In case you don’t live in Western Washington or didn’t hear about Seattle’s “snowmaggedon” and ensuing “iceaggedon” the week of January 16, let me refresh you. The storm dumped well over a foot of snow in spots, blasted the region with a thick layer of ice, was responsible for at least one death and left hundreds of thousands of people without power.
But what I found really interesting was the fact that meteorologists actually admitted they got the forecast wrong. First with overestimating the amount of snow Seattle would receive and second when they admitted to prematurely forecasting the snow and ice would stop almost a day earlier than it actually did.
Now getting a weather forecast wrong is nothing new. But what I did find refreshing was the honesty from a number of forecasters admitting (ghasp) they actually got the forecast wrong.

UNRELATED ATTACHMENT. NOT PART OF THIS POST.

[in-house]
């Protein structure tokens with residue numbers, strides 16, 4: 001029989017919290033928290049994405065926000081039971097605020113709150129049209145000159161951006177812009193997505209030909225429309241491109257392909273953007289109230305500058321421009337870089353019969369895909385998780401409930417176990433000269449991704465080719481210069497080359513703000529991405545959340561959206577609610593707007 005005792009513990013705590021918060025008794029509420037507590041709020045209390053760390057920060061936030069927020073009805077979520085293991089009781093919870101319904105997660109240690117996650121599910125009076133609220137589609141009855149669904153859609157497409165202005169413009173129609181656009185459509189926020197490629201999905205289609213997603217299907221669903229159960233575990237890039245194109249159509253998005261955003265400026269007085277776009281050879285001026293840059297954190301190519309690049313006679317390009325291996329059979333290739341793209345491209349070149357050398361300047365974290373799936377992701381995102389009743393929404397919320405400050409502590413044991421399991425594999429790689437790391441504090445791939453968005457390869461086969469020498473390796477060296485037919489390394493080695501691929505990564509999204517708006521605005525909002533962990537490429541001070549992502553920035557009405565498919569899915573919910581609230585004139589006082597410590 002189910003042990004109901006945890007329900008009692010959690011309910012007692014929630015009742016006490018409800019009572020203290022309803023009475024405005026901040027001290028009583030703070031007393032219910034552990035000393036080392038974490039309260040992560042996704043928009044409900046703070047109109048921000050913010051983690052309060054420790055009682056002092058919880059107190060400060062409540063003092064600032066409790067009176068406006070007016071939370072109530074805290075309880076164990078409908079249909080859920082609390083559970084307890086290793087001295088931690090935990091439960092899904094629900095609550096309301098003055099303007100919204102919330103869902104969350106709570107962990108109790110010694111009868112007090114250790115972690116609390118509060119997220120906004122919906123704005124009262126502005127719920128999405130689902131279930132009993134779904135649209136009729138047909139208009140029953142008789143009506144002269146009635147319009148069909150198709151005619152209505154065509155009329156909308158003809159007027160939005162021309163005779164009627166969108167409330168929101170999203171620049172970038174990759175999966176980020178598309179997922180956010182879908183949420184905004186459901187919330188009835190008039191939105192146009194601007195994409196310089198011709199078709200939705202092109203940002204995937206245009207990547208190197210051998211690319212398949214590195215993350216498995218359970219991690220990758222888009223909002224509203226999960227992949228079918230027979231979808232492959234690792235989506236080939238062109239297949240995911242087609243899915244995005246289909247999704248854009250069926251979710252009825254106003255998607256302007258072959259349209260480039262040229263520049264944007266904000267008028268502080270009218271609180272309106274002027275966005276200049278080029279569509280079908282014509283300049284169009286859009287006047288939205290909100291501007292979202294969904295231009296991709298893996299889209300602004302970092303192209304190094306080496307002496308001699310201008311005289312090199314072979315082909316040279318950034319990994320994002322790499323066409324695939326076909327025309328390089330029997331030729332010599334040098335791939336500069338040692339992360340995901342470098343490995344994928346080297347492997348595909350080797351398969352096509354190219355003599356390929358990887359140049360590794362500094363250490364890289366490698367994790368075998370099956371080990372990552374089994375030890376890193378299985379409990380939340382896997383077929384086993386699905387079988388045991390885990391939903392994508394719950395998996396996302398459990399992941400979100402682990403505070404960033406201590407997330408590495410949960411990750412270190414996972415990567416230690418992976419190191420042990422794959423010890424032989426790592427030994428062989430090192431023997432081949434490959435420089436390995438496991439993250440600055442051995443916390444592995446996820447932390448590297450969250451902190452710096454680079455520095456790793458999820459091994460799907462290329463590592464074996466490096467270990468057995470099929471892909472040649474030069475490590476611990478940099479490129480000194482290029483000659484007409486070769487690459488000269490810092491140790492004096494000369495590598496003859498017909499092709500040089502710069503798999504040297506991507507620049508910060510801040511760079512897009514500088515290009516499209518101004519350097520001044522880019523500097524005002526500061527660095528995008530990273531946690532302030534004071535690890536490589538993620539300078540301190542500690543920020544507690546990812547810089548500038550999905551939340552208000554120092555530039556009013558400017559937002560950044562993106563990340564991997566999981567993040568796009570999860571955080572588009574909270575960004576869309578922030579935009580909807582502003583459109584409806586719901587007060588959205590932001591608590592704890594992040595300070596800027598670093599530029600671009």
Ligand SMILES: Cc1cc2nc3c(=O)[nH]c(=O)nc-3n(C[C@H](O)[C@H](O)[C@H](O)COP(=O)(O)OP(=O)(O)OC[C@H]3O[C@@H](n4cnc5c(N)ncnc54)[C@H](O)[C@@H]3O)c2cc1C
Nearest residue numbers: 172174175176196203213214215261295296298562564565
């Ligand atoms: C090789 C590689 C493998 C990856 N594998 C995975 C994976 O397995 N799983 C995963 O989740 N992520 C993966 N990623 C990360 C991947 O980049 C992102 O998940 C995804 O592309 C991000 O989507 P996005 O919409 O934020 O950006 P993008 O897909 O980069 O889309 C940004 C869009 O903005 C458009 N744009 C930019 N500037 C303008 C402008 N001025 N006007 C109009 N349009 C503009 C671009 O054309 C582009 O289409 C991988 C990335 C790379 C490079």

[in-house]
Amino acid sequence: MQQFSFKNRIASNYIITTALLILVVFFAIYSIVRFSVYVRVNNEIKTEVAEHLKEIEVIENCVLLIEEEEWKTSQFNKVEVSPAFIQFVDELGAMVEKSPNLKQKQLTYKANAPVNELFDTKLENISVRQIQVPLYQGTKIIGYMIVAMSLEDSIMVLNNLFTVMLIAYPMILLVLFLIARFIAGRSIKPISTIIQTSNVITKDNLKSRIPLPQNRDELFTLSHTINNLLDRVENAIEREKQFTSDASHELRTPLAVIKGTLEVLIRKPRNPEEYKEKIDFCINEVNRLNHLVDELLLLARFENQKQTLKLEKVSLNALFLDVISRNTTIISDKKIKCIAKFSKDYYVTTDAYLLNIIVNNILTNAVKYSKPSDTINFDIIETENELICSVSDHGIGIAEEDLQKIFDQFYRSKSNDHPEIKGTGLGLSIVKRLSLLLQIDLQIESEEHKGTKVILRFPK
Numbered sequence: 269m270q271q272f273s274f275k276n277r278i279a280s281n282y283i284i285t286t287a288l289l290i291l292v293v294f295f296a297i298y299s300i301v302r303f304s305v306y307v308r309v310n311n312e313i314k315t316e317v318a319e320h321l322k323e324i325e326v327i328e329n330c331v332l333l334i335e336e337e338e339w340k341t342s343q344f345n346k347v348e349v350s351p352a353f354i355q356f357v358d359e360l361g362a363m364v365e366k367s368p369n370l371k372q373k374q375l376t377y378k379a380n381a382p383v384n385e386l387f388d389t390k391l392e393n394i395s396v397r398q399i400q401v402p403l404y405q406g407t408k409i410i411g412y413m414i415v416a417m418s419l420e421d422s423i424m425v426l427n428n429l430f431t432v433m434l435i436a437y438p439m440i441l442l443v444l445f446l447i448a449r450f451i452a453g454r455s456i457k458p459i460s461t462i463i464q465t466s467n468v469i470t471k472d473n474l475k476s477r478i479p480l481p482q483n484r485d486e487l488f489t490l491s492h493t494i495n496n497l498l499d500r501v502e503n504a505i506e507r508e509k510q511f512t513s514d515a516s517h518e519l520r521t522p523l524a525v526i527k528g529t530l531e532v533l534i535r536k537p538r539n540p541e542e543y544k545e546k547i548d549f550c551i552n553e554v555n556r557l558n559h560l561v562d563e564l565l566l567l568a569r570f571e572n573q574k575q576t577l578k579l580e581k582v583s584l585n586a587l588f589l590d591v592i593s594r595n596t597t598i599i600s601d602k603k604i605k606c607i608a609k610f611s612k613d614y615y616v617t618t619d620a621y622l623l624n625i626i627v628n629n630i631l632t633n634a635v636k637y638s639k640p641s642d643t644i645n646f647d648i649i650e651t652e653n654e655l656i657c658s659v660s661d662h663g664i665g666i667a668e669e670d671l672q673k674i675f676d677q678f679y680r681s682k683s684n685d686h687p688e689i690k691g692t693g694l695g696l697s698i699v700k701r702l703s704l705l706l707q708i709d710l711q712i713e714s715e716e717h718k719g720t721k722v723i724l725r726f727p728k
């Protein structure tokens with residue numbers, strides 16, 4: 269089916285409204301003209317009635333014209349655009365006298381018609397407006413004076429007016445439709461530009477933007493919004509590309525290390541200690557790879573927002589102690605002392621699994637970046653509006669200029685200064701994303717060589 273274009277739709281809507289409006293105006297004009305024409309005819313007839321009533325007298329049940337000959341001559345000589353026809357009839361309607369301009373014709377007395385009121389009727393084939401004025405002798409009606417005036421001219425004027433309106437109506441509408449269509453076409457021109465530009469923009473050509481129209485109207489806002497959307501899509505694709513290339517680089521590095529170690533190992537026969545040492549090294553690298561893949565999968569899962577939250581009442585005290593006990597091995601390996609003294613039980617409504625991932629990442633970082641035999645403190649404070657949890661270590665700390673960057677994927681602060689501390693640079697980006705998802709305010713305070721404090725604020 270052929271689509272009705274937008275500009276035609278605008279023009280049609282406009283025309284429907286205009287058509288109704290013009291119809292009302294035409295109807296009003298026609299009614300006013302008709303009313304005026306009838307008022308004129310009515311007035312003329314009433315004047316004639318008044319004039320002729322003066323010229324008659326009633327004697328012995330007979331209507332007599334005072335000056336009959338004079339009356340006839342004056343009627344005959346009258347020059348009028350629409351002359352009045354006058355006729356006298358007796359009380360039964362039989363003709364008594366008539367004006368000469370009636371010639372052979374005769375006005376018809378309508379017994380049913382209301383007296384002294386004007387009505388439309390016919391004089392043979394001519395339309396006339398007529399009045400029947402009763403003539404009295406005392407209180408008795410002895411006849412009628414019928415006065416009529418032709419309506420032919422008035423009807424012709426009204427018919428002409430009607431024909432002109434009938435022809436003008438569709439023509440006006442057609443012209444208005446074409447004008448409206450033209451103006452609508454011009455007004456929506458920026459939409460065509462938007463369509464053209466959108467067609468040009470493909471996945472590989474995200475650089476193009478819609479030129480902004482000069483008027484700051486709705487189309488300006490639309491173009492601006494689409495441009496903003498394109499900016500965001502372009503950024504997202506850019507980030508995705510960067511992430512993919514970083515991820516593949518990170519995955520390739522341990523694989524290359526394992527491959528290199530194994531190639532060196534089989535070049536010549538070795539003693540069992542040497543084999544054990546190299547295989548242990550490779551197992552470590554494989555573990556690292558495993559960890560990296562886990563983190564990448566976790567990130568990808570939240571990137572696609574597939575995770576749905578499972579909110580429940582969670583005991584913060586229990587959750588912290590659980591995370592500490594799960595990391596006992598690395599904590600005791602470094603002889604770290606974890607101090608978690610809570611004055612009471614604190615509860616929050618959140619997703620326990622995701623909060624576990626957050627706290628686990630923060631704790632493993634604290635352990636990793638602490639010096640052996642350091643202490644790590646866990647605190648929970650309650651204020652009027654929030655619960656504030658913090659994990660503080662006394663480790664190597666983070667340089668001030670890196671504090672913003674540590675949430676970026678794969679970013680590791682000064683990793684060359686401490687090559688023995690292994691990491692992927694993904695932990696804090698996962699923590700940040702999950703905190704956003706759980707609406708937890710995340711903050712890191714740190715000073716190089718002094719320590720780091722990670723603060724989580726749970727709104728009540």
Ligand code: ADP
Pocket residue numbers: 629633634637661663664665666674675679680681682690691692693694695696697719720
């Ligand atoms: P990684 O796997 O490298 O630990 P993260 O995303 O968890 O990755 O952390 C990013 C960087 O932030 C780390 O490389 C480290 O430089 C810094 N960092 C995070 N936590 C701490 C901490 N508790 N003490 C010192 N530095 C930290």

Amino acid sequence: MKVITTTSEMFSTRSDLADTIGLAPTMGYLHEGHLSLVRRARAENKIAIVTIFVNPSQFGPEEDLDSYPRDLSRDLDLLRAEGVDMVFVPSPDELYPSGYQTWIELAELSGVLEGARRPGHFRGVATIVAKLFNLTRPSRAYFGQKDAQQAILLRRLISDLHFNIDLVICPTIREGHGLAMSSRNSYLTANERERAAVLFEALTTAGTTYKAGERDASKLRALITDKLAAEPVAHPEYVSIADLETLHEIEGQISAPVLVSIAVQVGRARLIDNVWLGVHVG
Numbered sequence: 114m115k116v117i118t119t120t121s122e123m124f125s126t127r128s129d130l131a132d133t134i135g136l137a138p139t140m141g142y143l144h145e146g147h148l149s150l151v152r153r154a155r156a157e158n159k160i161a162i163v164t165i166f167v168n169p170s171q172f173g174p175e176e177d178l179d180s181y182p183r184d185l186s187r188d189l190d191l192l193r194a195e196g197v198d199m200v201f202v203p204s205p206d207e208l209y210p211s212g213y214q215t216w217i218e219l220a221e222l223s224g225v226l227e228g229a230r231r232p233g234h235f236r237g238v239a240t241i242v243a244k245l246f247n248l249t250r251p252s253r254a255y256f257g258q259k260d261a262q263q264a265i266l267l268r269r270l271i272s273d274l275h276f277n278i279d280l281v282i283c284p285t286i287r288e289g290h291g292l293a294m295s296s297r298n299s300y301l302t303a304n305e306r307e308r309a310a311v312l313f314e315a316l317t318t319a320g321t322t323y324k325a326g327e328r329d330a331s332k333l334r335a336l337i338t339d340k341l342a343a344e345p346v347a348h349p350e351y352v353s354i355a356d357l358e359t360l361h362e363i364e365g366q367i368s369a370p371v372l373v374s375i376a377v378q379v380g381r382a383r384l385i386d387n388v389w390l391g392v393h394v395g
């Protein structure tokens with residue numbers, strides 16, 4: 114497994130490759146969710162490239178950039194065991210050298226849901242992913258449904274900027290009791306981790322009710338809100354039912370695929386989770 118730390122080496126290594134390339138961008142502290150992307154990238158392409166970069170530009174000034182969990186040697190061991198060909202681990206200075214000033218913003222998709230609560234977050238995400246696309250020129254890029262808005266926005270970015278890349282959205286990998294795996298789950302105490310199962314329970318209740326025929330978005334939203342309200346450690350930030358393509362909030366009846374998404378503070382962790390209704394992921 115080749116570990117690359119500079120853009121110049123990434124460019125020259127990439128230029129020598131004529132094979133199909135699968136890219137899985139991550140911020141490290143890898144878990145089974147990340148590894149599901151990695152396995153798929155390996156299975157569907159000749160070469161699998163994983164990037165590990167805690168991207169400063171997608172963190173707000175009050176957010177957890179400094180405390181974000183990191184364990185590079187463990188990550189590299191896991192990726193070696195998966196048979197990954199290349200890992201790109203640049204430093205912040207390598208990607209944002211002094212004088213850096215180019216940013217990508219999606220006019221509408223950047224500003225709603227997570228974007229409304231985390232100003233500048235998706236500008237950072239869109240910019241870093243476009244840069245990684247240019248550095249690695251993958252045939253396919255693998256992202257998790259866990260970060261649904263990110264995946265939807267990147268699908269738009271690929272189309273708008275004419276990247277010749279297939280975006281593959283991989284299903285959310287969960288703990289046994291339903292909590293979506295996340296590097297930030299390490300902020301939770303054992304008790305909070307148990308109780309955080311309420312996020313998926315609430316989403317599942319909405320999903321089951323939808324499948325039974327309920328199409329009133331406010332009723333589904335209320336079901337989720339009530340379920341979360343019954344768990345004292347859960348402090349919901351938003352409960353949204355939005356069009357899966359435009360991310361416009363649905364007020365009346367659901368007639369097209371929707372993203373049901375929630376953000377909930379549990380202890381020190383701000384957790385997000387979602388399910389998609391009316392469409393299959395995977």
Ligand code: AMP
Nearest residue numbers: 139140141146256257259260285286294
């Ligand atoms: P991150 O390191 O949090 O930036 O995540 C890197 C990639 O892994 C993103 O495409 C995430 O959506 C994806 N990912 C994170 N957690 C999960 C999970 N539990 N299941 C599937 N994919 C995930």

A prime example of this comes from one of the Pacific Northwest’s most respected weather forecasters, professor of atmospheric sciences at the University of Washington Cliff Mass. In a blog post on Thursday, January 19, Mass wrote this:
Well folks, this is not my profession’s finest hour. We had forecast the continuation of the light freezing drizzle of yesterday (an irritant, but not a major threat) and then a warm-up today with rain coming in late. Our models did not indicate that the precipitation would move so far north, so fast.
How does this apply to the corporate PR that VOXUS practices? Well, if you get something wrong (which everyone does), admit your mistakes. Promise me, sugar-coating the truth ALWAYS comes back to bite you when it comes to the world of communications. Honesty… it’s always a good policy.